A. Ea =Ka [1+k2 +2k*cos(L2Pi/λ{cos(2PiFo t)-1})]1/2 

B. Ef =Kf (L2PiFo /λ)sin(2PIFo t)

C. Ep =Kp (L2Pi/λ)cos(2PiFo t)

where

L=antenna spacing

Fo =antenna frequency.

In FIG. 4, which shows the amplitude sensing approach, the reference and agile antenna signals are compared in amplitude in comparator 15 at the Signal Detector 16. Since the antenna system is located a large distance from the signal source when compared to the distance L, the signal strength at the two antennas will on average be the same. However because of the time varying phase difference induced by the agile antenna's rotational speed W0, the signals will periodically add and subtract, the subtraction producing a distinguishable null whose depth is dependent on the amplitude match of the two total paths and the Signal-to-Noise Ratio. The location of the null in time and with respect to the agile antenna's position, provided by resolver 17, is directly related to the direction of the incoming radio frequency signal so that the output of phase detector 18 is the angle supplied to adjust the detector processing unit 19.

In FIG. 5, which shows the frequency sensing approach, the reference signal is not necessarily required since the agile antenna induces a time varying phase term that can be detected by a frequency detector 20 (Signal Detector) (such as a frequency discriminator) without the aid of the reference signal. Frequency is related to phase by the following equation:

f=(1/2π)dθ/dt

Because the time varying phase difference induced by the agile antenna's rotational speed W0 produces a frequency varying signal which is related in phase to the incoming signal, the Signal Detector's output will be a sinusoid whose phase is determined by the incoming signal's direction. Therefore, if the Signal Detector's output is subsequently compared in a phase detector 18' to a sinusoid derived from the antenna's position (hereafter referred to as the Resolver Signal), the direction of the incoming signal can be determined from the signal output by the Angle Resolver Phase Detector 18'.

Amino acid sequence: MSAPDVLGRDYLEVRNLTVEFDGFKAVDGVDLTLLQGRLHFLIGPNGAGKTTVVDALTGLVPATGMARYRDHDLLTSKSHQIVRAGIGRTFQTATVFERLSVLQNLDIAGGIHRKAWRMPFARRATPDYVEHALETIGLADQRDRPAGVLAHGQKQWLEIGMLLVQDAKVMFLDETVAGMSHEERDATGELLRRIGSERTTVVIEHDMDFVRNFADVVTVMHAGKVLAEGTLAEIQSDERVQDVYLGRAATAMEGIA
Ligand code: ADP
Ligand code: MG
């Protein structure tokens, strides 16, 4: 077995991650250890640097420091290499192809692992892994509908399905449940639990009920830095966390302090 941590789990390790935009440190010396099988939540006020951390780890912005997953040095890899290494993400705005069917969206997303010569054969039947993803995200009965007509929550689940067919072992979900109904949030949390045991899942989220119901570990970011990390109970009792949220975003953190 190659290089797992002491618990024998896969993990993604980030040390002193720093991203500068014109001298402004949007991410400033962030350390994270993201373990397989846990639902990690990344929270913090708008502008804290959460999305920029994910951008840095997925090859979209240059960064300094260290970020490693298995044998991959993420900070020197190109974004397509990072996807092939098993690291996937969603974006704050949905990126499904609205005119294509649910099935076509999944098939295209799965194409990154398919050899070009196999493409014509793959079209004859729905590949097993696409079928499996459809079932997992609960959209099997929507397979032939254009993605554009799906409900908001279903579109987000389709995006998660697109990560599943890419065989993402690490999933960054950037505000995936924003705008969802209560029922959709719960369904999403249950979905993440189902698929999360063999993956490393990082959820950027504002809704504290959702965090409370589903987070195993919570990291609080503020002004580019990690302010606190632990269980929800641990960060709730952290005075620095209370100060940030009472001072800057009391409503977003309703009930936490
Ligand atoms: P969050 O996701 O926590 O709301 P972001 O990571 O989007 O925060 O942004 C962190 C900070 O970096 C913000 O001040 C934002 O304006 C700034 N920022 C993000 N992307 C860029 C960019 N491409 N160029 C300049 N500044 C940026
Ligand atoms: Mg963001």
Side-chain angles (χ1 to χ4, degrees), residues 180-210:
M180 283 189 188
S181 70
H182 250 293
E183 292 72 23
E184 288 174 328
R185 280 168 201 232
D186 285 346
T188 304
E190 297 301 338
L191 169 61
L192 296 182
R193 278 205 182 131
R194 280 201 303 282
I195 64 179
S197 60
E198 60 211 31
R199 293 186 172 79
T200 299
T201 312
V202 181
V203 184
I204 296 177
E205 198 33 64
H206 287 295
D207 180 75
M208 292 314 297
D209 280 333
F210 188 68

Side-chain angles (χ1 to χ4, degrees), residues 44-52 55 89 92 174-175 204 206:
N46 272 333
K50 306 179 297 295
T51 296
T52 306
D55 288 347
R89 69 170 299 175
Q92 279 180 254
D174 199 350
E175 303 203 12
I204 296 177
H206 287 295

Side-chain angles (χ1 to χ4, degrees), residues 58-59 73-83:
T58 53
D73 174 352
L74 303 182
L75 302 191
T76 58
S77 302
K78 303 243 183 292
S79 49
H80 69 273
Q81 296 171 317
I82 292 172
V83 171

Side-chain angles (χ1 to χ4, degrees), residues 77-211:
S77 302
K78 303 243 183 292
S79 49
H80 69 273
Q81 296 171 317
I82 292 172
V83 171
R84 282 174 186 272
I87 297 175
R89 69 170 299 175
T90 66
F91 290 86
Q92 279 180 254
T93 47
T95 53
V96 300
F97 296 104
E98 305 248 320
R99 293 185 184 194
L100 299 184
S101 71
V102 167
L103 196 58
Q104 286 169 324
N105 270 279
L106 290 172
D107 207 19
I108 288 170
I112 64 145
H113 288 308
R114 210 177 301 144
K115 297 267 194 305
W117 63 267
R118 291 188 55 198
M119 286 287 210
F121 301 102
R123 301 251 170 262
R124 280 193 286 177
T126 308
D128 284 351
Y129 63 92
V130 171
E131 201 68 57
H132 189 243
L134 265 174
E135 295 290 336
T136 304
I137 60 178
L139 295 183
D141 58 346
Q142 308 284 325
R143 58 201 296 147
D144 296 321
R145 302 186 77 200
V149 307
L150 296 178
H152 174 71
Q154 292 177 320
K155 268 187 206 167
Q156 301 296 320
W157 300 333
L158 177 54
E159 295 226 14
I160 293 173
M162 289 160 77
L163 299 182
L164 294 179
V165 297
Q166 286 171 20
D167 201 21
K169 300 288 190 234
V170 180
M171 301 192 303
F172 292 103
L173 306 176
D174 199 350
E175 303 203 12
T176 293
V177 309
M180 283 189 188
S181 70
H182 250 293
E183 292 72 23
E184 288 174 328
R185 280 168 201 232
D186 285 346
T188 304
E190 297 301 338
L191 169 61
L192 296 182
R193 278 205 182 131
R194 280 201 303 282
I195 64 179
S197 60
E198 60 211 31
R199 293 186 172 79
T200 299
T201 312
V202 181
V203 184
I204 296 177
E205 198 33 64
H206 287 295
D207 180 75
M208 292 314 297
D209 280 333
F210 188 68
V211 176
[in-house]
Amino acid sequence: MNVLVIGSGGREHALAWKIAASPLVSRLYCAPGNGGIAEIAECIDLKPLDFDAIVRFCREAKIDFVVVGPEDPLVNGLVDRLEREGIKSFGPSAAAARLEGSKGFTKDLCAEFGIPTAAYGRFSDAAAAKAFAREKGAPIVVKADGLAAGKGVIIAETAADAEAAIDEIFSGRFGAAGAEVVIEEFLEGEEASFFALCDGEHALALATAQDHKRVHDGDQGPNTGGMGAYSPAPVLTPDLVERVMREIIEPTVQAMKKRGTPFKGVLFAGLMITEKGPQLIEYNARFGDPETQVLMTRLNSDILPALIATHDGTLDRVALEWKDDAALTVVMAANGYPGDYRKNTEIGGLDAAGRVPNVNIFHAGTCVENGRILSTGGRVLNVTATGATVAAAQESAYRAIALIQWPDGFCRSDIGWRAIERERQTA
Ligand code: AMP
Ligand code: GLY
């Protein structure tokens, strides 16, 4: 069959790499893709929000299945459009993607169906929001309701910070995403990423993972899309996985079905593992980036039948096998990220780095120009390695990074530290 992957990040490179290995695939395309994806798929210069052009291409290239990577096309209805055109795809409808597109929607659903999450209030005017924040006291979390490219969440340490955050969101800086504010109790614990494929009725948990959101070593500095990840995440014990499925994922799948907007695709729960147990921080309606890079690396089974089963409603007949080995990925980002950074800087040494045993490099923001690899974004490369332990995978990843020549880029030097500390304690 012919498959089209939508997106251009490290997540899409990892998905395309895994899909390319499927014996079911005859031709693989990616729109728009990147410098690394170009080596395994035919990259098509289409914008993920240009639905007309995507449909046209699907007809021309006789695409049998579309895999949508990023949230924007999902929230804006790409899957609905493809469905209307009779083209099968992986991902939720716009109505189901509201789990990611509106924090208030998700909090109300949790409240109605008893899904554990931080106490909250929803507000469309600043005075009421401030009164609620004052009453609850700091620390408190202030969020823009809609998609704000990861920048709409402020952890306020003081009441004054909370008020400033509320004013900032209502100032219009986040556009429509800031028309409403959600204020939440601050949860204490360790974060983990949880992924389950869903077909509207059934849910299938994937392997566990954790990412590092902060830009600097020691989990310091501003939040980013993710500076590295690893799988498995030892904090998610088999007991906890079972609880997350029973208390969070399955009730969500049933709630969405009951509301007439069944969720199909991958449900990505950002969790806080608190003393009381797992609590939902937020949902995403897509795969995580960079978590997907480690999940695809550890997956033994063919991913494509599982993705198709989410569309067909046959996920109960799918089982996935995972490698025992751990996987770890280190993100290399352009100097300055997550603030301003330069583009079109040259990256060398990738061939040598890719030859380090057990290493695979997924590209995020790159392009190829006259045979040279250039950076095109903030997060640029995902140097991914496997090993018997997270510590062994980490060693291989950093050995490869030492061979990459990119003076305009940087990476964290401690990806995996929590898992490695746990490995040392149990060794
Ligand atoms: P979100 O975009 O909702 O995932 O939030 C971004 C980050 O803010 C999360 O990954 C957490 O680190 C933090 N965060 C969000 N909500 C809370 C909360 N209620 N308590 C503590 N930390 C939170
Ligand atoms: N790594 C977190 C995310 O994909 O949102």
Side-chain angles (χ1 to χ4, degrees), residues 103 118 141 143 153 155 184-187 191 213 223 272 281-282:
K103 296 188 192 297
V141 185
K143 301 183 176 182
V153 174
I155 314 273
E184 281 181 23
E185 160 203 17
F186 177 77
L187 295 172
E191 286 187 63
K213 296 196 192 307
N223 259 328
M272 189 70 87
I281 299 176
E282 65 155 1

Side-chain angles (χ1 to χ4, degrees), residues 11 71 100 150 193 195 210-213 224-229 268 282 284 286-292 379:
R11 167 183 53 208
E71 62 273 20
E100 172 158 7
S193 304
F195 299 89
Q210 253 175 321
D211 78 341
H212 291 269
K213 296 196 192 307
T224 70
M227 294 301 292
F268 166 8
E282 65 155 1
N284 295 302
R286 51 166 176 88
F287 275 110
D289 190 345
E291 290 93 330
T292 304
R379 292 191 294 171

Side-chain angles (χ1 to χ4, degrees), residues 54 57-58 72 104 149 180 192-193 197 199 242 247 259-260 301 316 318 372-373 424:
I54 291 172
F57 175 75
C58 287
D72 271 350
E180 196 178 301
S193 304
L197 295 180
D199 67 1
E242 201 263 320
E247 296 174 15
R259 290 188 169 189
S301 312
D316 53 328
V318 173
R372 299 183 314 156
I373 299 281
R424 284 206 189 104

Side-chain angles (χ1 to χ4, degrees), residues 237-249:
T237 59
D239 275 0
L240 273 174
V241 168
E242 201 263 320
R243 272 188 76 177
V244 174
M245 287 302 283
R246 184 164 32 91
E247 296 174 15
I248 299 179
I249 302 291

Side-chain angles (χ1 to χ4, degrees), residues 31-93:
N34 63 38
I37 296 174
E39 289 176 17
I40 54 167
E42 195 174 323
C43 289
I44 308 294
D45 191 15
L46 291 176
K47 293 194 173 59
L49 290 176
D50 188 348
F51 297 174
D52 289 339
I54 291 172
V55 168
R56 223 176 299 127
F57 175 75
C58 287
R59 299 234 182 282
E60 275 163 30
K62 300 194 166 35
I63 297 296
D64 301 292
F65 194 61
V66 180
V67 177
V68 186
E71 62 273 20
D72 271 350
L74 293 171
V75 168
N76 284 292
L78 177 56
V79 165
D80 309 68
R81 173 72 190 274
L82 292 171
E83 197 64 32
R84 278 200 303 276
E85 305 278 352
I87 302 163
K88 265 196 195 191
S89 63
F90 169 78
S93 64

In FIG. 6, which shows the phase sensing approach, the phases of the reference signal and agile antenna's signal are compared in a phase detection Signal Detector 21. Because the time varying phase difference induced by the agile antenna's rotational speed W0 is a function of the incoming signal's direction, the output of the phase detector will be a time varying signal of frequency W0 and who's phase relative to the antenna position is determined by the incoming signal. Therefore, this output signal or the Signal Detector 21 is further compared to the phase of the Resolver 17" Signal in the Angle Resolver Phase Detector 18" and the direction of the incoming signal can be determined from the output of this phase detector.